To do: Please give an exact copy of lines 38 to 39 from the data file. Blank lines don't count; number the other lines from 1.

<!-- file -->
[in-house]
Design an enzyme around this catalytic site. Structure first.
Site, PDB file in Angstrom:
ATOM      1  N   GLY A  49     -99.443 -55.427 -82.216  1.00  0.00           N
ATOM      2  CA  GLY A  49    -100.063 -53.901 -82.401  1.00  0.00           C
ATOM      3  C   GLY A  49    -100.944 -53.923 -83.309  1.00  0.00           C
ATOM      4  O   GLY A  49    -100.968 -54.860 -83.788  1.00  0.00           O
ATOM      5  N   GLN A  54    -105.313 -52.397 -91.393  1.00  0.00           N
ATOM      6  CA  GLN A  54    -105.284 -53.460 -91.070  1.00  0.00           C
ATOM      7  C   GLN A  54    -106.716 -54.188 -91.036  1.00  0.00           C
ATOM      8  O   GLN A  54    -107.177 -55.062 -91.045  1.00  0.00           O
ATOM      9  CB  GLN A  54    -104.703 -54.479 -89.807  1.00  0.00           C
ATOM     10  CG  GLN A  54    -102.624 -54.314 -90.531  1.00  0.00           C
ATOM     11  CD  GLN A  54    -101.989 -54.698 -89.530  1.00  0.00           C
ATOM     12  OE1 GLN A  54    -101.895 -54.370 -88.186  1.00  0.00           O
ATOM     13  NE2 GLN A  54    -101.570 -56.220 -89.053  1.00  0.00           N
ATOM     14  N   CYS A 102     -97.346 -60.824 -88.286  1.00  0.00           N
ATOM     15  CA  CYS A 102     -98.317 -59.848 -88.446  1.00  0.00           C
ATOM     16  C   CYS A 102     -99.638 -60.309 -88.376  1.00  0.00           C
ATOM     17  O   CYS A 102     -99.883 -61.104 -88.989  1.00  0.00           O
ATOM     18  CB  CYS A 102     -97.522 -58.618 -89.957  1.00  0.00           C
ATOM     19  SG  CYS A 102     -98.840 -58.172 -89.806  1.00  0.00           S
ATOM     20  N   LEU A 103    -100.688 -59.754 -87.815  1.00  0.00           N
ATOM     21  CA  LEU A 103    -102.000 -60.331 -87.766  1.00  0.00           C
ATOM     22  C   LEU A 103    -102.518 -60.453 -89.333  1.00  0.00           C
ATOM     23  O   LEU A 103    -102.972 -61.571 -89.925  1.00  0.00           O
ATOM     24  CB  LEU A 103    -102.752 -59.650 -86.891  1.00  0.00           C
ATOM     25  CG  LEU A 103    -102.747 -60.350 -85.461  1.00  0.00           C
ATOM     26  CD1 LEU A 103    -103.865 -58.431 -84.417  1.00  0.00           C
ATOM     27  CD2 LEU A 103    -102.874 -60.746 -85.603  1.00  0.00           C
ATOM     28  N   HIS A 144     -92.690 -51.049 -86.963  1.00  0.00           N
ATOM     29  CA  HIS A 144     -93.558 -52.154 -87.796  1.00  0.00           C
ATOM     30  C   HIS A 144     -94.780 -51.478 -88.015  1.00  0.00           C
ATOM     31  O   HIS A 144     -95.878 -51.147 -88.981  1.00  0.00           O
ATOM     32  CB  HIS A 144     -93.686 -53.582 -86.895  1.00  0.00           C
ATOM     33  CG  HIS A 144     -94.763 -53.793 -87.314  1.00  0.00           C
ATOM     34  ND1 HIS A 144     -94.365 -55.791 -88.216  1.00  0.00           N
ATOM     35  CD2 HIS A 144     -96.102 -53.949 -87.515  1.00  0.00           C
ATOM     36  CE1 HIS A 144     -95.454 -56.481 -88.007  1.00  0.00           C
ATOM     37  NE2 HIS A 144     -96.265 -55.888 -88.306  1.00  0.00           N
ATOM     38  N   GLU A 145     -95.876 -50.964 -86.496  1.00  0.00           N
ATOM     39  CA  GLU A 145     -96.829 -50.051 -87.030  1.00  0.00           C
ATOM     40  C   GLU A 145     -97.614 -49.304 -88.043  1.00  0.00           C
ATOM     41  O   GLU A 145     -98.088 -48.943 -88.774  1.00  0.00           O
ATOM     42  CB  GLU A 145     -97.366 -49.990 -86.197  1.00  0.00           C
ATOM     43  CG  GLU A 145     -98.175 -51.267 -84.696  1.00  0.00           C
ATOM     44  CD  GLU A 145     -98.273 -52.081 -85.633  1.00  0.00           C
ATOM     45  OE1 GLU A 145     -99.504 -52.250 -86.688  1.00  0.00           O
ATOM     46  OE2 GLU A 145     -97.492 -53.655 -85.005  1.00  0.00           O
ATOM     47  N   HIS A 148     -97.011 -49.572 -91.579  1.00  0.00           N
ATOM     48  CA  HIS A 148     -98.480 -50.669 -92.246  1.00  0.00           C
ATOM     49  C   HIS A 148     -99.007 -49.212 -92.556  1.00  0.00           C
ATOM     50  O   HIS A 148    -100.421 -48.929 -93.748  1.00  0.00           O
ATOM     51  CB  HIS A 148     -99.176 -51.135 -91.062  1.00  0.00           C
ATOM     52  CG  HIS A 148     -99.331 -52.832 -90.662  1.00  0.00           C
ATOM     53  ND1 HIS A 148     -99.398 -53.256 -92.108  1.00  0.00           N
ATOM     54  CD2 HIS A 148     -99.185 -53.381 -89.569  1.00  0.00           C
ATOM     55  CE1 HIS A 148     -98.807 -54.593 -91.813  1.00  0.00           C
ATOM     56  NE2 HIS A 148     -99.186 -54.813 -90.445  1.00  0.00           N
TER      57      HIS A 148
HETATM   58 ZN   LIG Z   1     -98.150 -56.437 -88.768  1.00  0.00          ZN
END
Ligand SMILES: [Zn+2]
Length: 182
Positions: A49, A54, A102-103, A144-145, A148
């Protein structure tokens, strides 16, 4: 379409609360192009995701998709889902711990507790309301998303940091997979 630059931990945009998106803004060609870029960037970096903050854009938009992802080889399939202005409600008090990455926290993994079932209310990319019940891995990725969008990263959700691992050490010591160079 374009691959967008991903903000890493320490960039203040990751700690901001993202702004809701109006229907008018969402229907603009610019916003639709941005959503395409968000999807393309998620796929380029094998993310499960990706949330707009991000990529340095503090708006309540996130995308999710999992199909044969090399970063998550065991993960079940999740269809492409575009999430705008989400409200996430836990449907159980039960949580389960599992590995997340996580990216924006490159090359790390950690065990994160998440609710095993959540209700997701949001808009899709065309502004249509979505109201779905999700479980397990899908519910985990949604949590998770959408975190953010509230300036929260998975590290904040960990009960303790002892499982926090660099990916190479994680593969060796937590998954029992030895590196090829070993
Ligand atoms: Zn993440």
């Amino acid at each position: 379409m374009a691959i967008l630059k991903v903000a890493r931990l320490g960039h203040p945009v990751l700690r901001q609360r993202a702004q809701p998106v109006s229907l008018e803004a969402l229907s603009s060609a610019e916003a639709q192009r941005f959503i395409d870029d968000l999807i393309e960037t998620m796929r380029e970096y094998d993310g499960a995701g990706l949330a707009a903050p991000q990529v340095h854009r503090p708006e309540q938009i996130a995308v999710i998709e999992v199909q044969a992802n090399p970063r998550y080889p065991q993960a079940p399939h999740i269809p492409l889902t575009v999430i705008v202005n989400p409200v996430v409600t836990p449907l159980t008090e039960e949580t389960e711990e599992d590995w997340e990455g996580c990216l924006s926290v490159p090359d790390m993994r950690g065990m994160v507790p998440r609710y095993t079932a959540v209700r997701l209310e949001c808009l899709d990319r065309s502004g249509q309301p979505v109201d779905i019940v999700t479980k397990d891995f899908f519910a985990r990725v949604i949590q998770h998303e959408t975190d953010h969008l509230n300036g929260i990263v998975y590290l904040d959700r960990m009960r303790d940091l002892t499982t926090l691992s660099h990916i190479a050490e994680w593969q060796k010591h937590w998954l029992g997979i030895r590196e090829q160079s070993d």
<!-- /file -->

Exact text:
ATOM     35  CD2 HIS A 144     -96.102 -53.949 -87.515  1.00  0.00           C
ATOM     36  CE1 HIS A 144     -95.454 -56.481 -88.007  1.00  0.00           C